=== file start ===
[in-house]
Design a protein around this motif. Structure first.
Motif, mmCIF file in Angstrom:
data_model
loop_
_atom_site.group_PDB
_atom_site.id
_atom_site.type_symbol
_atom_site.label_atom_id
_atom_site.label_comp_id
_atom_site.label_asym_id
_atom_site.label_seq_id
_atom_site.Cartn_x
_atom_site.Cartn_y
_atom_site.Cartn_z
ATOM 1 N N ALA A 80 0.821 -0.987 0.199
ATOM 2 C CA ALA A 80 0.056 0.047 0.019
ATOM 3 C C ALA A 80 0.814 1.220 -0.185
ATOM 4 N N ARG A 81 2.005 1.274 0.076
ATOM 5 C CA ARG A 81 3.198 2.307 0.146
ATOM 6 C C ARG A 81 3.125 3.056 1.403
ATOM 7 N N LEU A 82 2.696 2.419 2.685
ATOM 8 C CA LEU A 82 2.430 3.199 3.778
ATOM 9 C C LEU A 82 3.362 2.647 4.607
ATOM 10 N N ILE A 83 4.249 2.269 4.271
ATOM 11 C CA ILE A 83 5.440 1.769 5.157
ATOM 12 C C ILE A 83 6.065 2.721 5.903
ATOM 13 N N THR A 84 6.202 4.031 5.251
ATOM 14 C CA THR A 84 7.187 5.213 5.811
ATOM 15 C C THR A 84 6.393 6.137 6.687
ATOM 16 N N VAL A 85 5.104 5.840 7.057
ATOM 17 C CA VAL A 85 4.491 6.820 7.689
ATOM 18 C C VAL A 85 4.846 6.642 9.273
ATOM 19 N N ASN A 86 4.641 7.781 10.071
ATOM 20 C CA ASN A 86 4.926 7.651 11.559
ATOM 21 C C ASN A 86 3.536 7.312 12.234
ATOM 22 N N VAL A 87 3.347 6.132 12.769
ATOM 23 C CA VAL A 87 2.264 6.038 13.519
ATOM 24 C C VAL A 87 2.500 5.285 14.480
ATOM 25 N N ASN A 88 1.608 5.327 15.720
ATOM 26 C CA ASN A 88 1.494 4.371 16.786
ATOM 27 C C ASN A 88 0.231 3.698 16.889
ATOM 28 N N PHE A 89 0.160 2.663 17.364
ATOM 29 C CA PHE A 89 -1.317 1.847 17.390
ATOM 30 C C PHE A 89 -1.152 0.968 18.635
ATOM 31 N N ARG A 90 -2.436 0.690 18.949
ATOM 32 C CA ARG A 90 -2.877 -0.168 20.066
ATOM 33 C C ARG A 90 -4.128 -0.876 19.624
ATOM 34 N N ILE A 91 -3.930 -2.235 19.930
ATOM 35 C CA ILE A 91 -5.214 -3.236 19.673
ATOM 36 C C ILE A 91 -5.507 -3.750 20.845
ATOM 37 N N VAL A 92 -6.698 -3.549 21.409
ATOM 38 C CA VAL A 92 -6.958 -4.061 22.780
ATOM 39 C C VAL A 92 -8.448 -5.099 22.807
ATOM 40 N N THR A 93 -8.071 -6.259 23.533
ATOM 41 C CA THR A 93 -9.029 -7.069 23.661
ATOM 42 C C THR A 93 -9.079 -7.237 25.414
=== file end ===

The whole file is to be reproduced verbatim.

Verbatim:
[in-house]
Design a protein around this motif. Structure first.
Motif, mmCIF file in Angstrom:
data_model
loop_
_atom_site.group_PDB
_atom_site.id
_atom_site.type_symbol
_atom_site.label_atom_id
_atom_site.label_comp_id
_atom_site.label_asym_id
_atom_site.label_seq_id
_atom_site.Cartn_x
_atom_site.Cartn_y
_atom_site.Cartn_z
ATOM 1 N N ALA A 80 0.821 -0.987 0.199
ATOM 2 C CA ALA A 80 0.056 0.047 0.019
ATOM 3 C C ALA A 80 0.814 1.220 -0.185
ATOM 4 N N ARG A 81 2.005 1.274 0.076
ATOM 5 C CA ARG A 81 3.198 2.307 0.146
ATOM 6 C C ARG A 81 3.125 3.056 1.403
ATOM 7 N N LEU A 82 2.696 2.419 2.685
ATOM 8 C CA LEU A 82 2.430 3.199 3.778
ATOM 9 C C LEU A 82 3.362 2.647 4.607
ATOM 10 N N ILE A 83 4.249 2.269 4.271
ATOM 11 C CA ILE A 83 5.440 1.769 5.157
ATOM 12 C C ILE A 83 6.065 2.721 5.903
ATOM 13 N N THR A 84 6.202 4.031 5.251
ATOM 14 C CA THR A 84 7.187 5.213 5.811
ATOM 15 C C THR A 84 6.393 6.137 6.687
ATOM 16 N N VAL A 85 5.104 5.840 7.057
ATOM 17 C CA VAL A 85 4.491 6.820 7.689
ATOM 18 C C VAL A 85 4.846 6.642 9.273
ATOM 19 N N ASN A 86 4.641 7.781 10.071
ATOM 20 C CA ASN A 86 4.926 7.651 11.559
ATOM 21 C C ASN A 86 3.536 7.312 12.234
ATOM 22 N N VAL A 87 3.347 6.132 12.769
ATOM 23 C CA VAL A 87 2.264 6.038 13.519
ATOM 24 C C VAL A 87 2.500 5.285 14.480
ATOM 25 N N ASN A 88 1.608 5.327 15.720
ATOM 26 C CA ASN A 88 1.494 4.371 16.786
ATOM 27 C C ASN A 88 0.231 3.698 16.889
ATOM 28 N N PHE A 89 0.160 2.663 17.364
ATOM 29 C CA PHE A 89 -1.317 1.847 17.390
ATOM 30 C C PHE A 89 -1.152 0.968 18.635
ATOM 31 N N ARG A 90 -2.436 0.690 18.949
ATOM 32 C CA ARG A 90 -2.877 -0.168 20.066
ATOM 33 C C ARG A 90 -4.128 -0.876 19.624
ATOM 34 N N ILE A 91 -3.930 -2.235 19.930
ATOM 35 C CA ILE A 91 -5.214 -3.236 19.673
ATOM 36 C C ILE A 91 -5.507 -3.750 20.845
ATOM 37 N N VAL A 92 -6.698 -3.549 21.409
ATOM 38 C CA VAL A 92 -6.958 -4.061 22.780
ATOM 39 C C VAL A 92 -8.448 -5.099 22.807
ATOM 40 N N THR A 93 -8.071 -6.259 23.533
ATOM 41 C CA THR A 93 -9.029 -7.069 23.661
ATOM 42 C C THR A 93 -9.079 -7.237 25.414